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Will 2020 be the year of a federal data privacy law?

Some lawmakers had hoped to finish a federal data privacy law in 2019, but it just didn’t happen. Now they’re hoping 2020 will be different.

A group of lawmakers had been working together toward a comprehensive bill for much of the year, yet the bipartisan bill that many had hoped for never surfaced.

“Oh, it's frustrating. Oh, it's really frustrating,” said Sen. Josh Hawley (R-MO) in an interview with Yahoo Finance.

In his first year in the Senate, Hawley has emerged as one of big tech’s most vocal critics within the Republican party.

“I have been saying now for months that they should not allow a ‘comprehensive’ bill to get in the way of actually getting real things done,” said Hawley.

Toward the end of the year, ideas started to make it on to paper. Sen. Maria Cantwell (D-WA), the top Democratic senator on the Commerce Committee, released the a Democratic data privacy bill in November. Shortly after, committee Chairman Roger Wicker (R-MS) released a discussion draft and fact sheet of Republican priorities. The full committee held a hearing to discuss the proposals.

Sen. Richard Blumenthal (D-CT) and Sen. Jerry Moran (R-KS) — who are both on the Commerce Committee and were part of the Senate working group — are still attempting to develop privacy legislation together.

Momentum taking shape

Going into 2020, lawmakers, the tech industry and consumer advocates say this could be the year Congress actually gets a bill across the finish line.

This year Apple CEO Tim Cook and Facebook CEO Mark Zuckerberg each wrote op-eds detailing his vision for data privacy. As Facebook came under mounting scrutiny, Zuckerberg privately met with lawmakers and publicly urged them to put rules of the road in place. The Business Roundtable, made up of some of the nation’s largest companies, has also called on Congress to act.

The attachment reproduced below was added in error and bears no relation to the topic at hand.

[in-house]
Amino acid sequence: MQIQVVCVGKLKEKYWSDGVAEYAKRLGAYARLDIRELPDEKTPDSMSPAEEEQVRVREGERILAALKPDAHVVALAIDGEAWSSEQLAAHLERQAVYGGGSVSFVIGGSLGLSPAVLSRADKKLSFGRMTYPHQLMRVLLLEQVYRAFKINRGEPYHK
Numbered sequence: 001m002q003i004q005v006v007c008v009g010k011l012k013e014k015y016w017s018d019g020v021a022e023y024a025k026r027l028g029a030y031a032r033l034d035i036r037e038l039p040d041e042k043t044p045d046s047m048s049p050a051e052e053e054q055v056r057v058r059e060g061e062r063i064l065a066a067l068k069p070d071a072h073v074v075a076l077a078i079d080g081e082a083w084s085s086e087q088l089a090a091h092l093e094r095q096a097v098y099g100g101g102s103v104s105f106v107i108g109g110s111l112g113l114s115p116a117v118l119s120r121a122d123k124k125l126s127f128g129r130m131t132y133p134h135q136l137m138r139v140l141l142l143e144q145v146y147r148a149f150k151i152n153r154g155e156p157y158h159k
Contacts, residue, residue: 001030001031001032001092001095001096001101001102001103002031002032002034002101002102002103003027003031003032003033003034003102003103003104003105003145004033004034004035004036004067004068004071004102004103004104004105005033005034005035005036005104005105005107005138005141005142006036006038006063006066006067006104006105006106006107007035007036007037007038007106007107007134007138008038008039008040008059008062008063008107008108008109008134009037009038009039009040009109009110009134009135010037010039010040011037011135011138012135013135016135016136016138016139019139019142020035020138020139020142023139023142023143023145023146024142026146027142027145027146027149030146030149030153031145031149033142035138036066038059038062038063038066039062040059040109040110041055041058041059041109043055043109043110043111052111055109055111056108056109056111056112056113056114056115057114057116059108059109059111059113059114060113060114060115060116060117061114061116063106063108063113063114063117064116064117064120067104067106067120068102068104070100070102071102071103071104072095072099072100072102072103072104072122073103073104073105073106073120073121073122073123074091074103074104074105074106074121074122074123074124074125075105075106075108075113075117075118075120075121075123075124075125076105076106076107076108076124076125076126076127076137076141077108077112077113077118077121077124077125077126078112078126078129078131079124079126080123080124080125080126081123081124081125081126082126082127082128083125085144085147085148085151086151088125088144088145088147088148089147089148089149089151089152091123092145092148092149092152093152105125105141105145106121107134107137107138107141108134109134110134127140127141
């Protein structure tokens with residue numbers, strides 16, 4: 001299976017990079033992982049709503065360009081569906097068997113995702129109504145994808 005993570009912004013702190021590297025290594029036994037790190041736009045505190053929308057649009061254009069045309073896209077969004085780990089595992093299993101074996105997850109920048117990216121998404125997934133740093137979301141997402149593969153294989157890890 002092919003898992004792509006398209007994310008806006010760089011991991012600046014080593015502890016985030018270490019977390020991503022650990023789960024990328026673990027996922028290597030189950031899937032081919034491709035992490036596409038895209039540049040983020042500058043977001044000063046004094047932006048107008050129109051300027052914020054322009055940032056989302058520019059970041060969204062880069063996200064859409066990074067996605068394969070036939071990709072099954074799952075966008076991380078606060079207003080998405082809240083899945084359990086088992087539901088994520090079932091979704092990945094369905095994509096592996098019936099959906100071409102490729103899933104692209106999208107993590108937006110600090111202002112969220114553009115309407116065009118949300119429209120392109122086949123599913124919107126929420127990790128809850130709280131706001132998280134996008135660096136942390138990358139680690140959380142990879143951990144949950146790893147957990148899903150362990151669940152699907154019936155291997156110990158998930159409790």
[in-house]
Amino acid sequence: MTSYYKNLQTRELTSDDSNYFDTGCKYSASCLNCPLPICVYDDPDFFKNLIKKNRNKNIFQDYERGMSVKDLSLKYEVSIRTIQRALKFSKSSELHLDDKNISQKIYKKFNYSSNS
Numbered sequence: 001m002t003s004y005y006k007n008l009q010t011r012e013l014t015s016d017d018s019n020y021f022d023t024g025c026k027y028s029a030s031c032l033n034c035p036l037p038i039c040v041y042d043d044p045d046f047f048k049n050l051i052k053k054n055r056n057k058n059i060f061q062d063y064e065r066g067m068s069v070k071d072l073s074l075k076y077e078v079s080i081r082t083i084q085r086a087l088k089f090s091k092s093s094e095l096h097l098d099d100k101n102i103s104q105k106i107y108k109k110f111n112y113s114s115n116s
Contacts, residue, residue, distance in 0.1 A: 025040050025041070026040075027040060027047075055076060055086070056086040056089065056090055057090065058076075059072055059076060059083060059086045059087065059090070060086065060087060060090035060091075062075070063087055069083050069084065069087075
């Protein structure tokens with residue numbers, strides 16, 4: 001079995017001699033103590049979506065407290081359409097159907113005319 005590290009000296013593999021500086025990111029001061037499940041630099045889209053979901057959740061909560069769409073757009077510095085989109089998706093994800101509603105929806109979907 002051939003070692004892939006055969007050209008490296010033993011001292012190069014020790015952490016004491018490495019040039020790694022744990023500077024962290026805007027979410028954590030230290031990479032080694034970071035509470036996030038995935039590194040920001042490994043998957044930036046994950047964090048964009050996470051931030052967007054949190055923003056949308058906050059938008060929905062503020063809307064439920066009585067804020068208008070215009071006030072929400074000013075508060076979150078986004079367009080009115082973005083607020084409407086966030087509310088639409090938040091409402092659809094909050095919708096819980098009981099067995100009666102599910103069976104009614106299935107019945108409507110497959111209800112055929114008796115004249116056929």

Sen. Mark Warner (D-VA), another outspoken critic of big tech, told Yahoo Finance as other countries and states put privacy laws in place, he’s seen a shift in big tech’s attitude toward regulation.

“They realized, ‘Oh my gosh, federal legislation might be the right way out’,” said Warner.

The Internet Association, a trade group representing tech companies like Amazon, Facebook and Google, has released its principles for federal data privacy legislation. The group launched a campaign this fall, pressuring Congress to act.

“We've been on the Hill day in and day out,” Michael Bloom, Internet Association’s Senior Vice President of Global Government Affairs, said in an interview with Yahoo Finance.

“The time is right for a very, very strong federal privacy protection for the consumers and users of our platforms and services. And that’s really what our focus has been, and I think there's real appetite for that on the Hill. And that's why you're starting to see some of the momentum sort of take shape now, sadly, right before everyone goes their separate ways for the holidays,” he added.

California’s privacy law — set to go into effect on Jan. 1 — could have contributed to that end-of-the-year momentum. Congress likely felt more urgency, as the first of the year drew closer.